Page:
Missouri: No Benefits for Alleged Fume Exposure

Missouri: No Benefits for Alleged Fume Exposure

Claimant lost his claim against the second injury fund when he failed to prove an accident that his alleged exposure to muriatic acid fumes caused a heart attack.  Poarch v Treasurer of the State of Missouri, 2012 Mo. App. Lexis 592 (May 1, 2012).   The court rejected an argument that the commission must award benefits because the Fund did not produce any evidence. Claimant must prove all elements of his case, including accident. 

"The Fund chose not to present any evidence and rely on the possibility that the Commission would find that Poarch failed to meet his burden of proving that an accident occurred. Nothing in section 287.808 required the Fund to present evidence to refute Poarch's testimony." The Fund must offer its own evidence only if it asserts an affirmative defense. 

The findings of ALJ Cain were adopted by the Commission.  Poarch's "whole case was based on his uneducated self-diagnosis or determination that he was exposed to some substance for which he offered no credible proof that he was in fact exposed or that the substance was toxic. The ALJ further noted that Poarch had no expertise in identifying muriatic acid and that Poarch, who was not a doctor, only offered his self-diagnosis as proof that he sustained a heart attack on May 18, 2006."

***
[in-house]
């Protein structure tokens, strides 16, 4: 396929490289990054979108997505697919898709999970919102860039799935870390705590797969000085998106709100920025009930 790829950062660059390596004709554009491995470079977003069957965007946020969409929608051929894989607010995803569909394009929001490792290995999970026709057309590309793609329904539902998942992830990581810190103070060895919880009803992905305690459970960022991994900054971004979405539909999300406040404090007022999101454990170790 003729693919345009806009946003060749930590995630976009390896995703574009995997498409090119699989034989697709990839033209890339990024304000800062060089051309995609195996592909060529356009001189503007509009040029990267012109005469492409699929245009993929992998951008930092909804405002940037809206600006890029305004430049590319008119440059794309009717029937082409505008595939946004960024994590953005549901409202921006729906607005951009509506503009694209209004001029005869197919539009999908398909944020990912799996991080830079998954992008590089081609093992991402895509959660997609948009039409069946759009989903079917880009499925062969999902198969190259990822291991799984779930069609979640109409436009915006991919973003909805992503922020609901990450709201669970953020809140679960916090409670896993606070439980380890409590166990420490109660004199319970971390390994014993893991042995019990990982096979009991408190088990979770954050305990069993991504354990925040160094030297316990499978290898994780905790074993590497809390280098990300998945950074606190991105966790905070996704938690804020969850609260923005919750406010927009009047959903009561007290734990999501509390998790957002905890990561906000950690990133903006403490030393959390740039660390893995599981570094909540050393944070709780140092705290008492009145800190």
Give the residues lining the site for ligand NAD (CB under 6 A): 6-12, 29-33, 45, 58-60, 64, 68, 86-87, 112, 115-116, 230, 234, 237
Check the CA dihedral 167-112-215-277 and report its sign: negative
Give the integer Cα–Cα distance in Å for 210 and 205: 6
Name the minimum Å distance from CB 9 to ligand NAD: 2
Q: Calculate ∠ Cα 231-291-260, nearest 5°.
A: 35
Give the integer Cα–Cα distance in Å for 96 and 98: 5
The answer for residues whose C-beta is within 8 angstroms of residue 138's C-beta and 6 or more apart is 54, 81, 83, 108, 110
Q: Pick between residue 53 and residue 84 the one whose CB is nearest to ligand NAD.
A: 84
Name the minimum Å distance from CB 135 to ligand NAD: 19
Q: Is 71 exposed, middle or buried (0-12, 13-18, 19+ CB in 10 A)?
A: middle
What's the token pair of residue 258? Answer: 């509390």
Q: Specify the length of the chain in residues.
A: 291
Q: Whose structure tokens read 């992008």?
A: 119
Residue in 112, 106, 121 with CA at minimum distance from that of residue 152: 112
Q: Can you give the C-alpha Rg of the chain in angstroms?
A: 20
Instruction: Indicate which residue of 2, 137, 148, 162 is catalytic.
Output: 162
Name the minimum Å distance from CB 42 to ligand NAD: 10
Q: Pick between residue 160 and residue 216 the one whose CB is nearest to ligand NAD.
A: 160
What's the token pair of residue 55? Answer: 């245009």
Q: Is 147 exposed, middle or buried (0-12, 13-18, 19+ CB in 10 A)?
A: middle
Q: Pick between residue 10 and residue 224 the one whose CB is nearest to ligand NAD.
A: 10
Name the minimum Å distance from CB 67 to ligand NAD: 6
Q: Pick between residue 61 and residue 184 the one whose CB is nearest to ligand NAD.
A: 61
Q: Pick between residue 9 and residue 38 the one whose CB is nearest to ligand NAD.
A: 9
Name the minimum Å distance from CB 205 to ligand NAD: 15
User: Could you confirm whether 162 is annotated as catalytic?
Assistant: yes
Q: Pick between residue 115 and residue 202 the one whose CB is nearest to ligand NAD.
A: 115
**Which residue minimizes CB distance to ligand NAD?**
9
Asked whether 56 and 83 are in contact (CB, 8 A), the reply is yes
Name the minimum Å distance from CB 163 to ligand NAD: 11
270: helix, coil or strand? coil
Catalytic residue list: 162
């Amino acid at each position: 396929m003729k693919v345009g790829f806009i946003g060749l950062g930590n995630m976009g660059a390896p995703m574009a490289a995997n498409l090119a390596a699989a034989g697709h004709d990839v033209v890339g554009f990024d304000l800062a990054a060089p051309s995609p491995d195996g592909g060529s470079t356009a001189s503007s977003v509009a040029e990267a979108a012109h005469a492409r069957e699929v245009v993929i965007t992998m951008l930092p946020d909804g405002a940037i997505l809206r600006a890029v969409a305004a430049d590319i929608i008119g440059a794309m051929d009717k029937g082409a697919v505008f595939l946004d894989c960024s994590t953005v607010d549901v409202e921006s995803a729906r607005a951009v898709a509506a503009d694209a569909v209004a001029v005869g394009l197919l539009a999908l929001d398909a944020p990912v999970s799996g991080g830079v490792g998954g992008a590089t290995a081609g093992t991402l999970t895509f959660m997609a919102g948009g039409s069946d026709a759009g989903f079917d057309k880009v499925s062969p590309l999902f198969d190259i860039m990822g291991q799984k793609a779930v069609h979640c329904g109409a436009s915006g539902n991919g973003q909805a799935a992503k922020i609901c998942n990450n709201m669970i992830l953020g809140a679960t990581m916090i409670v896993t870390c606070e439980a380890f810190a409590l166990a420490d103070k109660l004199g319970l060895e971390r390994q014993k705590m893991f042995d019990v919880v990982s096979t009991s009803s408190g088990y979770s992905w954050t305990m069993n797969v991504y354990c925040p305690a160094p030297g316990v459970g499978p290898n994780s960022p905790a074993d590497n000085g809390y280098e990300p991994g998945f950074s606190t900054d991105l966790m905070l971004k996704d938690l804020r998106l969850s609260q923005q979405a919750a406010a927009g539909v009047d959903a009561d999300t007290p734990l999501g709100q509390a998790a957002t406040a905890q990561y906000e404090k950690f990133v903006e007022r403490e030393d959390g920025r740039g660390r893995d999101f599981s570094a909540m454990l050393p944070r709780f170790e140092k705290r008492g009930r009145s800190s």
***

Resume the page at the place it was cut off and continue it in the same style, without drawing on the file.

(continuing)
Claimant alleged he choked and had a subsequent heart attack after he inhaled noxious fumes while spraying an apartment bathroom to remove mold. He was a retired fire fighter and  worked for his wife’s apartment complex at the time and did not have a salary or employer health insurance.  The claimant’s expert attributed claimant’s symptoms to breathing muriatic acid without protective equipment. The Commission denied benefits and found claimant failed to prove accident, in Poarch v Madison Apartments, 2011 Mo. WCLR Lexis 169 (August 2 2011). The administrative law judge concluded claimant failed to prove that claimant sprayed muriatic acid in his unmarked bottle or that the concentration reached a toxic level. Claimant denied immediate symptoms, delayed treatment for several weeks and had a history of a prior heart surgery. The employer settled the case before the hearing.

Source: Martin Klug, Huck, Howe & Tobin. Read Martin Klug's Mo. Workers' Comp Alerts.

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